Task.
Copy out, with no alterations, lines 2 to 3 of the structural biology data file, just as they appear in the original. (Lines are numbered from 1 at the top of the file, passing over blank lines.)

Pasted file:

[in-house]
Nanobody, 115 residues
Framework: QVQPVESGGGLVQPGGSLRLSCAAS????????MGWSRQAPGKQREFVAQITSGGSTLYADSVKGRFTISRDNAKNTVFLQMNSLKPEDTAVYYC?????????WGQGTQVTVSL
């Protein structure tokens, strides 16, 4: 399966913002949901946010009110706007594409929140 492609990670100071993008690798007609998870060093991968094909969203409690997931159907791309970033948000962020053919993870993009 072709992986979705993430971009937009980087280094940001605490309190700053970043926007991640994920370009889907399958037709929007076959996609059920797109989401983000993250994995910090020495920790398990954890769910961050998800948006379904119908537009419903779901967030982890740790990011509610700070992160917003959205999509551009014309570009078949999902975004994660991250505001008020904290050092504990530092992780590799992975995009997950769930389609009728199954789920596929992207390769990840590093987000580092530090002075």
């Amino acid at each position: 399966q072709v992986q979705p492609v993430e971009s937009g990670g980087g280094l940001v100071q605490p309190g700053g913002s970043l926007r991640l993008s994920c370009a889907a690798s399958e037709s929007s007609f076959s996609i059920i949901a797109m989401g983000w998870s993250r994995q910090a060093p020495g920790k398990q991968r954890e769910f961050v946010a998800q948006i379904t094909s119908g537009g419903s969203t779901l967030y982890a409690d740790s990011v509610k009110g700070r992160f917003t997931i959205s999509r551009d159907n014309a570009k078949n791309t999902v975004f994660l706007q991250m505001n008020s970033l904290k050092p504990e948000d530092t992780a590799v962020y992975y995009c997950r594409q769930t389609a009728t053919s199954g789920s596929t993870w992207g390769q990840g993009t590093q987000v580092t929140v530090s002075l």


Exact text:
Nanobody, 115 residues
Framework: QVQPVESGGGLVQPGGSLRLSCAAS????????MGWSRQAPGKQREFVAQITSGGSTLYADSVKGRFTISRDNAKNTVFLQMNSLKPEDTAVYYC?????????WGQGTQVTVSL